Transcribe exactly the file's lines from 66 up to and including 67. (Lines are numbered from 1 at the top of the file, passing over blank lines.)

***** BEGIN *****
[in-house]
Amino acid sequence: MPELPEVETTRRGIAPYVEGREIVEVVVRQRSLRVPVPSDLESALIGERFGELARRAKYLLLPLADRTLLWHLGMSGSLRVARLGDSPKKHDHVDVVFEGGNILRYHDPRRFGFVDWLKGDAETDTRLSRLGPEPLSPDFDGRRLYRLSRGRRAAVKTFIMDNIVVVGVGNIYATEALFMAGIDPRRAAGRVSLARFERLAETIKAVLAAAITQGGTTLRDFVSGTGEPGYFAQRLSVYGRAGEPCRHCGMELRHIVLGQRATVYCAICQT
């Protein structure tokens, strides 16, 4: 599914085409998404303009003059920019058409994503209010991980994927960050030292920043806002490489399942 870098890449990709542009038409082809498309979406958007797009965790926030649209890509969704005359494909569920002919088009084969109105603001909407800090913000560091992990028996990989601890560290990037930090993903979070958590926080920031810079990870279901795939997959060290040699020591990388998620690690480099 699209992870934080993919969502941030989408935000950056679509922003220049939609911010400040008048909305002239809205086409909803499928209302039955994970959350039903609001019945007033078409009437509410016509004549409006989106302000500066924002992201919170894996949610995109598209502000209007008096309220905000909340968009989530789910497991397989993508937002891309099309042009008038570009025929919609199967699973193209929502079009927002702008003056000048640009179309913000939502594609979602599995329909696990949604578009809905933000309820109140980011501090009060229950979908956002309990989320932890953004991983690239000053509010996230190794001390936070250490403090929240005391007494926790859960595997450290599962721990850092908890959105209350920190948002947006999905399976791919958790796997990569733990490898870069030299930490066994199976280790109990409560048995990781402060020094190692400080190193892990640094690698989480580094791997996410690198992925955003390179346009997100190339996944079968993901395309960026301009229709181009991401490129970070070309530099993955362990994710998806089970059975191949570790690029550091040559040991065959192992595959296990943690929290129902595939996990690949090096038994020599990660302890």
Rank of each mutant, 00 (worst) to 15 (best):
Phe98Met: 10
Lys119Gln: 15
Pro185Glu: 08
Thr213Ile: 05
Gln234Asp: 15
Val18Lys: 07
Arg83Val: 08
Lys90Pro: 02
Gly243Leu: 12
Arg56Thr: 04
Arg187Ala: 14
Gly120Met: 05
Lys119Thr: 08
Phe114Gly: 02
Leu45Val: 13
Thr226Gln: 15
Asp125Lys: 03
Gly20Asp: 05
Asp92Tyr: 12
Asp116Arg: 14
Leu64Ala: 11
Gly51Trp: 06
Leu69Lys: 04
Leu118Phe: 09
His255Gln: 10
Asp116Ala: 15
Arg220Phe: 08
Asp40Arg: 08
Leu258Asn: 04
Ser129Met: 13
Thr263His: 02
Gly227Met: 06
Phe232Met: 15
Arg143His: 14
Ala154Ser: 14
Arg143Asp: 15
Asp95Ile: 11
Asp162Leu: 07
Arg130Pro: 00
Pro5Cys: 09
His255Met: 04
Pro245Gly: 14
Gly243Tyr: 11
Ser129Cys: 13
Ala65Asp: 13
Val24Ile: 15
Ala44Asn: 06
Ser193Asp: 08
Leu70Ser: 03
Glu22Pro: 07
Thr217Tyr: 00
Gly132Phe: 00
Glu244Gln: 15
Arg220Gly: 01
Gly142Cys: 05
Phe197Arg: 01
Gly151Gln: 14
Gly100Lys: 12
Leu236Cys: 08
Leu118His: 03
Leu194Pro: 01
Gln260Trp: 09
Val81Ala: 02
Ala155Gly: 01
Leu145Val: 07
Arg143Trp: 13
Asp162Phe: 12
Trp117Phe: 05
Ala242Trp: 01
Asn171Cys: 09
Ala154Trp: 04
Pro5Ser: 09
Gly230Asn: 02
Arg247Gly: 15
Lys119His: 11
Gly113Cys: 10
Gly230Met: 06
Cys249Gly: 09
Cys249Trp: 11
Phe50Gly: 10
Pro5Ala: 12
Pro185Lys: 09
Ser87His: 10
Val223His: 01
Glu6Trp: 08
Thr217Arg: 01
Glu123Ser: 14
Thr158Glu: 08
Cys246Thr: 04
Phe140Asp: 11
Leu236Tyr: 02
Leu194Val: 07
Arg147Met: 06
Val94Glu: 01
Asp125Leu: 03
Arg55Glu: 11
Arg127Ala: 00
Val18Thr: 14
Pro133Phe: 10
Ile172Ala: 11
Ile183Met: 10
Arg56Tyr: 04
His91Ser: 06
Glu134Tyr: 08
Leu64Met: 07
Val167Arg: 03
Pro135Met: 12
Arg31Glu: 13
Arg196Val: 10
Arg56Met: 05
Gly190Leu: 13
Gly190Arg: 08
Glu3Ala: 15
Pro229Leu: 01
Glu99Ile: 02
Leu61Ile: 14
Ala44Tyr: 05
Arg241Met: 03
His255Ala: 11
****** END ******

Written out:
Gln260Trp: 09
Val81Ala: 02